“There is no world of thought that is not a world of language,” Walter Benjamin remarked, “and one only sees in the world what is preconditioned by language.” In this book, Samuel Weber, a leading theorist on literature and media, reveals a new and productive aspect of Benjamin’s thought by focusing on a little-discussed stylistic trait in his formulation of concepts.
Weber’s focus is the critical suffix “-ability” that Benjamin so tellingly deploys in his work. The “-ability” (-barkeit, in German) of concepts and literary forms traverses the whole of Benjamin’s oeuvre, from “impartibility” and “criticizability” through the well-known formulations of “citability,” “translatability,” and, most famously, the “reproducibility” of “The Work of Art in the Age of Its Technological Reproducibility.” Nouns formed with this suffix, Weber points out, refer to a possibility or potentiality, to a capacity rather than an existing reality. This insight allows for a consistent and enlightening reading of Benjamin’s writings.
Weber first situates Benjamin’s engagement with the “-ability” of various concepts in the context of his entire corpus and in relation to the philosophical tradition, from Kant to Derrida. Subsequent chapters deepen the implications of the use of this suffix in a wide variety of contexts, including Benjamin’s Trauerspiel book, his relation to Carl Schmitt, and a reading of Wagner’s Ring. The result is an illuminating perspective on Benjamin’s thought by way of his language—and one of the most penetrating and comprehensive accounts of Benjamin’s work ever written.
Benjamin's -abilities is a landmark work in the study of Walter Benjamin and in all of the many fields in which Benjamin's work has become indispensable. This book marks the culmination of the work of one of the most influential and admired critics writing today, whose work has been profoundly involved in and shaped by an innovative engagement with Benjamin.
Because no single methodology could account for all the textual maneuvers and figurations with which Benjamin saturates his variegated writings, a new book on Benjamin must also offer an entirely new way of seeing and reading-- a tall order. Benjamin's -abilities is just such a book. Sam Weber has long been one of the most significant and original thinkers on the international scene. This book, perhaps Weber's magnum opus, will be of great interest not only to scholars of Benjamin but also to a wide community of readers in the humanities and beyond.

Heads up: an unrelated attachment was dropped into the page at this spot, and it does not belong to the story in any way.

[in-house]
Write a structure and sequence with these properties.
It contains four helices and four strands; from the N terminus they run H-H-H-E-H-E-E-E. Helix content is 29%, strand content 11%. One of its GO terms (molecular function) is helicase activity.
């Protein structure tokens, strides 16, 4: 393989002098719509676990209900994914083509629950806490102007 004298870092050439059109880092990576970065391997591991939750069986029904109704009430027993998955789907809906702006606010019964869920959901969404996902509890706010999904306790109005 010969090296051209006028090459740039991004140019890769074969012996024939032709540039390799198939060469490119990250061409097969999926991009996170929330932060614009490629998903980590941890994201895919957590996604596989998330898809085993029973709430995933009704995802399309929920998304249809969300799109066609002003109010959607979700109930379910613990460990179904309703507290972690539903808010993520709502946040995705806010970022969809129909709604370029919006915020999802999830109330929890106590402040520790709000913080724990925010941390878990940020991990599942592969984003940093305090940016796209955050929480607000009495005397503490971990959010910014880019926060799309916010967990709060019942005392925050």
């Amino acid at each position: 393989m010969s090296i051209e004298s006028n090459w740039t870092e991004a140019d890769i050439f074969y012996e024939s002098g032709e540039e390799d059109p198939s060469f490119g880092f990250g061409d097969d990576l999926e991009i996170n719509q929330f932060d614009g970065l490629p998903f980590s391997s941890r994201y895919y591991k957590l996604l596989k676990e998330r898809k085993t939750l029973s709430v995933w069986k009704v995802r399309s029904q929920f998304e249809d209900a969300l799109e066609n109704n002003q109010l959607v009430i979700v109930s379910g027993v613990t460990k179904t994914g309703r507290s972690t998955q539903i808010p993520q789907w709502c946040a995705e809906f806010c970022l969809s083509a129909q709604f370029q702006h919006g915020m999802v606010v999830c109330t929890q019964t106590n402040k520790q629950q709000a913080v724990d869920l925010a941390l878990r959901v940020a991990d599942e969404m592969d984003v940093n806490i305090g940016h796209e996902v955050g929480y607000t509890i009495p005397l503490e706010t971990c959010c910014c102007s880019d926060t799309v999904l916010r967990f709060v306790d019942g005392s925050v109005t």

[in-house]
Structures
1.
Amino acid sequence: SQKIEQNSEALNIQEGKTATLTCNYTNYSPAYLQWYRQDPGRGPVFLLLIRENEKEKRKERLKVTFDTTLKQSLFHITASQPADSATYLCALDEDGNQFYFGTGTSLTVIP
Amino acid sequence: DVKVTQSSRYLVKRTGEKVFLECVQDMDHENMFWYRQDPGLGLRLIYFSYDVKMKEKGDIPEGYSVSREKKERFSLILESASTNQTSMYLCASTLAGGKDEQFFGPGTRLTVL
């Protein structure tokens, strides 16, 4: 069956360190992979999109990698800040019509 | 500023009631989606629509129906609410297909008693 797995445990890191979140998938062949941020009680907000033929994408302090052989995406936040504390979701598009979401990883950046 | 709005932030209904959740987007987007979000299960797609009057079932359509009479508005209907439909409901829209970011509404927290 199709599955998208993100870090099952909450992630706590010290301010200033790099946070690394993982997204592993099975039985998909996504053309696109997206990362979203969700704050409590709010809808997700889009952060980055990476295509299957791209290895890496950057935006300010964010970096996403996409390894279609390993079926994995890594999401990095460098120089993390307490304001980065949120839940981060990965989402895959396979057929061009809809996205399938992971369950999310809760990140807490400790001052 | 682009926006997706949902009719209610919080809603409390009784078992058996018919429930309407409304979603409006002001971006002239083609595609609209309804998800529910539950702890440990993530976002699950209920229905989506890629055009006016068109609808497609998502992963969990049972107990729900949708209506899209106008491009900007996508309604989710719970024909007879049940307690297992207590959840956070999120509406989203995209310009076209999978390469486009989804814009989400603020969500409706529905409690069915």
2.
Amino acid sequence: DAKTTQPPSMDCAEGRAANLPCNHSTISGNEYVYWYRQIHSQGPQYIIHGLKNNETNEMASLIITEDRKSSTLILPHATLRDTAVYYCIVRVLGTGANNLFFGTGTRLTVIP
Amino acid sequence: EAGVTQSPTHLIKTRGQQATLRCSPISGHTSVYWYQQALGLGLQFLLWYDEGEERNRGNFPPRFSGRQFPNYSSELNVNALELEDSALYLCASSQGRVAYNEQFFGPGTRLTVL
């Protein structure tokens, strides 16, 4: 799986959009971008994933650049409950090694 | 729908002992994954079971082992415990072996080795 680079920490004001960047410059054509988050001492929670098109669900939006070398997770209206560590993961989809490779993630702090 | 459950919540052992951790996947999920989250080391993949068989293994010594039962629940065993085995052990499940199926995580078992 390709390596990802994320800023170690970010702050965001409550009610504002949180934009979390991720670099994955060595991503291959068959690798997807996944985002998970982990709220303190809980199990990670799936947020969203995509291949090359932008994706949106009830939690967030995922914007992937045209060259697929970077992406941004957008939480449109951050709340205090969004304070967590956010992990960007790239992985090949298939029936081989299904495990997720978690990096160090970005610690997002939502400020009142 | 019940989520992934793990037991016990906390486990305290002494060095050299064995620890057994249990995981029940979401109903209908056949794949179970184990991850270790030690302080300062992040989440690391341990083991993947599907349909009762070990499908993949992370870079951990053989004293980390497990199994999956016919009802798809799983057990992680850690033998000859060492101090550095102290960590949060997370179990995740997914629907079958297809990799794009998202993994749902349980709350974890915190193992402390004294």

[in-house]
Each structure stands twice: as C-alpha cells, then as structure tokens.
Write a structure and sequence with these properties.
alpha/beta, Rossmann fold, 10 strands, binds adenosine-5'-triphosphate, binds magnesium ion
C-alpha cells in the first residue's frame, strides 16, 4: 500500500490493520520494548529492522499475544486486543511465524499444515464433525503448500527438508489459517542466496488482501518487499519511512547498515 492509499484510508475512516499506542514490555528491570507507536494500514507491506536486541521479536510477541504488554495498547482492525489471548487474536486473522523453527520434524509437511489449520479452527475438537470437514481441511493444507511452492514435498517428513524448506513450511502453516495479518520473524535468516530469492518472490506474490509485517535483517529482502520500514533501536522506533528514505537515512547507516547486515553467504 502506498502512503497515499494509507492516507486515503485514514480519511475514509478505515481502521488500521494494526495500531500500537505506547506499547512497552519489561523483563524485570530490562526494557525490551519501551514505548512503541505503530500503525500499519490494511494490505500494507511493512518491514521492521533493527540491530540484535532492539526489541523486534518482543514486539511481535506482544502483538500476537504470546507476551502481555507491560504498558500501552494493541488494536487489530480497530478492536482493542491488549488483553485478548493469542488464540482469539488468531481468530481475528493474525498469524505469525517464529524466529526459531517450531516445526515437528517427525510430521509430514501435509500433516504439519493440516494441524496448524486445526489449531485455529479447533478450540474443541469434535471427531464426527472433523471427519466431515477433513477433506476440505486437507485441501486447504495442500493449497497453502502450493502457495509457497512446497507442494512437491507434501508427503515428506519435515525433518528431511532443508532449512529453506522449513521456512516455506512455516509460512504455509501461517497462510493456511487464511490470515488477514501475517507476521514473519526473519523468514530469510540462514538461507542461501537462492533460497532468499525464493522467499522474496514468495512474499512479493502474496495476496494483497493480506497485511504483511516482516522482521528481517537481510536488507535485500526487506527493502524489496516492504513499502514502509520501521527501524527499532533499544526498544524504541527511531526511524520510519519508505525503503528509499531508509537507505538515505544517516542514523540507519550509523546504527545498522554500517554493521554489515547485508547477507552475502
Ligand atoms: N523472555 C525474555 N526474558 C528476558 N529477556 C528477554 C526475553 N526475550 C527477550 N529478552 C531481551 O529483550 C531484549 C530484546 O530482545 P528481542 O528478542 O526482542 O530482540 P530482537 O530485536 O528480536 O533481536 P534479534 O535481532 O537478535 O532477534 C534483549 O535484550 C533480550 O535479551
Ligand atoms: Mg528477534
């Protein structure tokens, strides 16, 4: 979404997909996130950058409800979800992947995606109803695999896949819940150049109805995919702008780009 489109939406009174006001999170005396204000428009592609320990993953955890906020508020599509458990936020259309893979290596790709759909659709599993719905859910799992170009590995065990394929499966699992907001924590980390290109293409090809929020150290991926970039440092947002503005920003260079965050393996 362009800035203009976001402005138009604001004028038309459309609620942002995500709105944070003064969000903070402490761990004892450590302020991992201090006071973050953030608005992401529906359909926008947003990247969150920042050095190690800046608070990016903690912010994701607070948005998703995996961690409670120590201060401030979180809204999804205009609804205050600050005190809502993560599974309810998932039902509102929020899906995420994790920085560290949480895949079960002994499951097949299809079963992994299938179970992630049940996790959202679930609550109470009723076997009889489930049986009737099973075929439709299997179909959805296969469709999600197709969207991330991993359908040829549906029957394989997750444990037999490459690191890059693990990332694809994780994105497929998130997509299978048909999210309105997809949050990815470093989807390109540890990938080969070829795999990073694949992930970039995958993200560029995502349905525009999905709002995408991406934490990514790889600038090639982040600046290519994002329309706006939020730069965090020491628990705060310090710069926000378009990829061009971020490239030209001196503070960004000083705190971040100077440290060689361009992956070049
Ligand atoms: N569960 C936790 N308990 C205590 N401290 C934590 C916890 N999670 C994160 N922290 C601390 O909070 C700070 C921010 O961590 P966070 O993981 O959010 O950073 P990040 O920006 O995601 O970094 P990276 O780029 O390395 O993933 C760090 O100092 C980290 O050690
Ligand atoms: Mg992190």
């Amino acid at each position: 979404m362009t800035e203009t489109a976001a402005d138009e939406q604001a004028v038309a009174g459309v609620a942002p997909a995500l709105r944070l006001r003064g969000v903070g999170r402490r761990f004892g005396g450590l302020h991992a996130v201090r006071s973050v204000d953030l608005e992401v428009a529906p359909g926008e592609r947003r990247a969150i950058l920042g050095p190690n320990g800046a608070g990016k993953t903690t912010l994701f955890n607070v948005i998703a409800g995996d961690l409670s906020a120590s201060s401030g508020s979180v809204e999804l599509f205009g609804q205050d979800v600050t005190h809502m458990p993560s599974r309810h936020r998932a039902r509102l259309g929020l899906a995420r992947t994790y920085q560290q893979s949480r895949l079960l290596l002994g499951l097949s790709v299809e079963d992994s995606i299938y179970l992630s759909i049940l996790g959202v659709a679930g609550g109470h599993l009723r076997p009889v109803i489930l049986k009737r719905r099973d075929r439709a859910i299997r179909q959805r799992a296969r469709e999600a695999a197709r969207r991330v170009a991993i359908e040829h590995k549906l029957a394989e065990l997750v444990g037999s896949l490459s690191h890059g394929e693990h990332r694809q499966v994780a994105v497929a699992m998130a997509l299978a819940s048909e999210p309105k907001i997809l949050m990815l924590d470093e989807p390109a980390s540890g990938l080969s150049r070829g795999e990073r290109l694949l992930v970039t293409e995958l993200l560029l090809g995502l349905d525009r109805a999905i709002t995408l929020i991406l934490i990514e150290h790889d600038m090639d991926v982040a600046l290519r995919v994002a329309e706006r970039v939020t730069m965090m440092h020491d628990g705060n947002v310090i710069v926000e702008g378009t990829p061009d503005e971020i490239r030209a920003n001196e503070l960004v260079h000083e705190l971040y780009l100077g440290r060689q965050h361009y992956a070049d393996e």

In this demanding book, Weber analyzes Benjaminian theory and its potential, presenting a close reading of Walter Benjamin at his most energetic and complex...Through Benjamin, Weber illuminates what happens between what is written and what is read and the true impossibility of defining any sort of straight line between those two points.
Weber's close readings are illuminating.
In Benjamin's –abilities, Samuel Weber takes an innovative approach to Walter Benjamin's work. In contrast to the burgeoning secondary literature on Benjamin devoted to broad themes (his "messianism," his "Marxism," etc.), Weber, who has achieved academic prominence with scholarship on the Frankfurt School, psychoanalysis, deconstruction and media culture, opens up a fertile avenue of interpretation by paying close attention to a stylistic idiosyncrasy running through Benjamin's oeuvre...[Weber] deftly navigates this labyrinth of interpretations, exhibiting a keen sense of Benjamin's singularly elusive style of thinking and writing.
Not only the best read of 2008 but, with a shelf full of works on Walter Benjamin, the best book on him I've ever read.
- 376 pages
- 5-11/16 x 8-15/16 inches
- Harvard University Press
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